There have been plenty of cheers for Kobe Bryant in Portland over the years, only typically they'd be chased by boos.
The purple and gold clad Lakers faithful would pack the Rose Garden and then the Moda Center when Bryant would come to town. It wasn’t uncommon to see a quarter of the building rooting for the road team with thousands of No. 8s and No. 24s dispersed throughout the building.
Laker fans would cheer for the hero while Blazers fans would drown them out jeering a hated rival.
Make no mistake Bryant was a villain in Rip City. It was a well earned reputation that came from defeating the Blazers in 2000 Western Conference Finals, and then ushering Portland out of the playoffs in each of the next two seasons. Then there was a double overtime game-winner in Portland 2004, and the 65 points in Los Angeles in 2007.
He tormented the Blazers with brilliance and bravado. The thousands of Lakers fans that would pile into the arena in Portland only added to his aura and fueled the boos from the Rip City faithful. In his final game in this building in 2016, Bryant thanked Blazers fans for booing him wholeheartedly one last time.
Bryant died on Sunday afternoon in a helicopter accident that also took the life of his 13-year-old daughter Gianna and seven others. It was a sudden tragedy that rocked the basketball world, and beyond.
There was an unmistakable weight in the arena, a heaviness that draped across a game that felt at best secondary to the news of day. And on Sunday likely for the first time in Portland basketball history, Kobe Bryant received cheers from the entire building.
It started early when both teams took intentional turnovers to begin the game. The Blazers holding the ball for a 24 second shot clock violation before the Pacers held the ball in the backcourt for an eight-second violation. The building erupted at the tribute, recognizing the nod to Bryant's jersey numbers and honoring him with a standing ovation.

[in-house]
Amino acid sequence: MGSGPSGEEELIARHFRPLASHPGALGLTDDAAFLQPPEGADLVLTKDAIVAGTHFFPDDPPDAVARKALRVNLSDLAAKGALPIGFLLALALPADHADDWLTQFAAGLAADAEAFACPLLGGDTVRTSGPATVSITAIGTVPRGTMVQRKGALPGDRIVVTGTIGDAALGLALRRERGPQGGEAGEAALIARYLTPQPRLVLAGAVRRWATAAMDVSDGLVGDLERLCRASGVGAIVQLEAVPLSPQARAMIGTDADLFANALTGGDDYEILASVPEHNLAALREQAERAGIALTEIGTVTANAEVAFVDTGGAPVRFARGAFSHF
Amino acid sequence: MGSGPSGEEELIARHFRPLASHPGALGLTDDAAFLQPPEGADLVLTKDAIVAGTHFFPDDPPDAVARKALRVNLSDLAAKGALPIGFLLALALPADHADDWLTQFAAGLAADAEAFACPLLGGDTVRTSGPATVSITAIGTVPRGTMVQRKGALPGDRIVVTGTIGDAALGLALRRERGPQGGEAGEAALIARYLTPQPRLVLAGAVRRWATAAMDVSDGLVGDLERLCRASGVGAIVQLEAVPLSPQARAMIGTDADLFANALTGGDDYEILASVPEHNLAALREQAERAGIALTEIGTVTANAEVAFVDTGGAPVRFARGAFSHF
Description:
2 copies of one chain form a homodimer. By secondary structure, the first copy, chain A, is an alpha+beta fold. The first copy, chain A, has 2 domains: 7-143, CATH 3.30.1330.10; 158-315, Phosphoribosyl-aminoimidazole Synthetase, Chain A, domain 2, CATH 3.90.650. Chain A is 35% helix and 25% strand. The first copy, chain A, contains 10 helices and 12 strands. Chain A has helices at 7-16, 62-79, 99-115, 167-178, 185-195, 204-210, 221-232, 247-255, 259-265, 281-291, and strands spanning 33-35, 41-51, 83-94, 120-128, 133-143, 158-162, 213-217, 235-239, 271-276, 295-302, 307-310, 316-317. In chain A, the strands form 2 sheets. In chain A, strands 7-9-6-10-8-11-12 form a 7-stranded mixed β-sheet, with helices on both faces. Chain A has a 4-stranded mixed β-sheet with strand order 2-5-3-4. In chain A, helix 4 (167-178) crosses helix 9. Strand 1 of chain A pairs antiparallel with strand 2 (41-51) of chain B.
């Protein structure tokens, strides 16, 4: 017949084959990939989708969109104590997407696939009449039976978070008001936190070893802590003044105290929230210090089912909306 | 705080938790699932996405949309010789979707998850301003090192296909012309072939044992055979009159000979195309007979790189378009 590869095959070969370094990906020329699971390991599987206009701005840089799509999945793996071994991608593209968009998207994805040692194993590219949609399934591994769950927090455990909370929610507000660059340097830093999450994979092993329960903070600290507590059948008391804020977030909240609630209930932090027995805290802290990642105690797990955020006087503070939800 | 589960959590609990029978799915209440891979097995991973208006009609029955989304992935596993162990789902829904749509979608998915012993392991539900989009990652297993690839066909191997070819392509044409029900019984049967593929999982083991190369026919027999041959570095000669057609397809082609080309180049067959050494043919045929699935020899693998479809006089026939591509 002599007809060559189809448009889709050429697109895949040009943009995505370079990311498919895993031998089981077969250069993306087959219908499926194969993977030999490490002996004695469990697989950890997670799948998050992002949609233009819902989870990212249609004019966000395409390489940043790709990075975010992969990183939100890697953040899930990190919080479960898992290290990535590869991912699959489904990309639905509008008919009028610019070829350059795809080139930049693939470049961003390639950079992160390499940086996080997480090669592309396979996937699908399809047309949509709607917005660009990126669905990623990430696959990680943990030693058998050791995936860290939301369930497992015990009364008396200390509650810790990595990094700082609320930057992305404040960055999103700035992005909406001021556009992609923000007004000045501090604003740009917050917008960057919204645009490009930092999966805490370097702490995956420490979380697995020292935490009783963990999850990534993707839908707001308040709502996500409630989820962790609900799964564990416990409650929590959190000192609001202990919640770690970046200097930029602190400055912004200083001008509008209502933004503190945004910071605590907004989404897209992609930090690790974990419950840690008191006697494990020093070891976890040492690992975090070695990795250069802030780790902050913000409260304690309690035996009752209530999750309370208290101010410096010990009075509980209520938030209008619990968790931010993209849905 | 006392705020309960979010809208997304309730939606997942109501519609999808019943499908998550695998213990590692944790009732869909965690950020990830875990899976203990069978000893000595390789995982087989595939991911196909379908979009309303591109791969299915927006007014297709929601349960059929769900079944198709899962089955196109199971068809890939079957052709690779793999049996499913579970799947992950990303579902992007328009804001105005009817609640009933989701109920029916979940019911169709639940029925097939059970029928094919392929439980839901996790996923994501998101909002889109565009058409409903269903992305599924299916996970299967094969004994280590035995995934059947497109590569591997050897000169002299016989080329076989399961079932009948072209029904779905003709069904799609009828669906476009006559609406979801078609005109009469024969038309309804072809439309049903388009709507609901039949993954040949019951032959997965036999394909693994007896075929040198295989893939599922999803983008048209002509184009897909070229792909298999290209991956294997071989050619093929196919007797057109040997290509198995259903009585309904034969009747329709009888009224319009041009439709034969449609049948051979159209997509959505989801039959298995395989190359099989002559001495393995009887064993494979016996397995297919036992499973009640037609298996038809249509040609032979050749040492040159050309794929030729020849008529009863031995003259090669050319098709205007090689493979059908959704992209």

Then in the third quarter the Blazers game operations team showed a fan on the screen holding a gold No. 24 jersey. In the past, the game ops crew would find Lakers fans filing out of the building, the only time a Kobe jersey would get cheers was if it were headed for the exits. However on Sunday, as the camera lingered on the young man displaying the last name on his Lakers jersey the entire building gave a full throated cheer for Bryant, honoring a basketball legend as the big screen flashed to handwritten signs that read “I Love No. 24” and “Kobe” adorned with hearts.
“Everybody felt the weight today. Hurt today. We had to carry on,” Damian Lillard said afterwards. “I think it was the right decision to go out and compete in his honor. I think that’s what he would’ve wanted. I think that’s what was on everybody’s mind. Obviously throughout the game you think about it ... Timeouts and just random dead moments of the game he’s on your mind just because it’s such an unfortunate, sad situation. It was just a tough game to play just as far as your energy and where your heart is, to say the least.”
While Bryant was a villain with the Blazers fan base, he is a friend if not idol to most of the players in the Blazers locker room. Carmelo Anthony and Trevor Ariza were both very close with Bryant while Lillard and CJ McCollum had forged relationships with him over their careers.
Ariza chose not to speak with reporters after the game, understandably not yet ready to publicly process the loss of a close friend just hours after it happened. Anthony was emotional as he answered questions postgame, explaining that Bryant would have wanted him to play even under difficult circumstances.
“Our friendship, relationship was deeper than basketball,” Anthony said. “It was family. It was friendship. Basketball was the last piece of connective tissue between those two.”
Lillard said the game offered him moments to escape while McCollum noted how challenging it is for those in the NBA that knew Bryant to truly mourn with games coming every other day. But they both fondly remembered Bryant for his impressive work ethic, and his willingness to offer advice to them when they were young players first entering the league.
When pressed for a memory of competing against Bryant, Lillard mentioned his NBA debut and then trailed off when a reporter noted another matchup the two had at the end Lillard’s rookie season.
“Best player I ever played against,” Lillard said. “I don’t know what else to say.”
There will be more time to reflect on Bryant the imperfect player and imperfect person in the days and months to come. Sunday was mostly about catharsis, and a city appreciating its once hated archrival.
Forever the cheers for Kobe Bryant in Portland would get swallowed up by boos and jeers until Sunday when the fans stood and the roars lingered.